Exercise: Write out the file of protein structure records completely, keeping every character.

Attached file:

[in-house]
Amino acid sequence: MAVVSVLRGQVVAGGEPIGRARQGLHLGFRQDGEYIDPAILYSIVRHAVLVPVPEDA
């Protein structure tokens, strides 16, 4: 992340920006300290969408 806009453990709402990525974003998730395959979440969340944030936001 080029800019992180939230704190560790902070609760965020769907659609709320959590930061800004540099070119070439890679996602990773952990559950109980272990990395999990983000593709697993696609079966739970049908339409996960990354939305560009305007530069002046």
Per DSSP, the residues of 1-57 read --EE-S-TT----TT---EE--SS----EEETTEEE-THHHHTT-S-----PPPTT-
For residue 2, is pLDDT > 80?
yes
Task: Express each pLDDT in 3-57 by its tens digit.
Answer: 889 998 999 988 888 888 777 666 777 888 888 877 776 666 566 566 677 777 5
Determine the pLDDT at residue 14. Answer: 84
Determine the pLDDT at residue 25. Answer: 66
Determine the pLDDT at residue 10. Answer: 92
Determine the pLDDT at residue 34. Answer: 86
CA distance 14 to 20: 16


[in-house]
Amino acid sequence: MAVVSVLRGQVVAGGEPIGRARQGLHLGFRQDGEYIDPAILYSIVRHAVLVPVPEDA
């Protein structure tokens, strides 16, 4: 992340920006300290969408 806009453990709402990525974003998730395959979440969340944030936001 080029800019992180939230704190560790902070609760965020769907659609709320959590930061800004540099070119070439890679996602990773952990559950109980272990990395999990983000593709697993696609079966739970049908339409996960990354939305560009305007530069002046």
Per DSSP, the residues of 1-57 read --EE-S-TT----TT---EE--SS----EEETTEEE-THHHHTT-S-----PPPTT-
For residue 2, is pLDDT > 80?
yes
Task: Express each pLDDT in 3-57 by its tens digit.
Answer: 889 998 999 988 888 888 777 666 777 888 888 877 776 666 566 566 677 777 5
Determine the pLDDT at residue 14. Answer: 84
Determine the pLDDT at residue 25. Answer: 66
Determine the pLDDT at residue 10. Answer: 92
Determine the pLDDT at residue 34. Answer: 86
CA distance 14 to 20: 16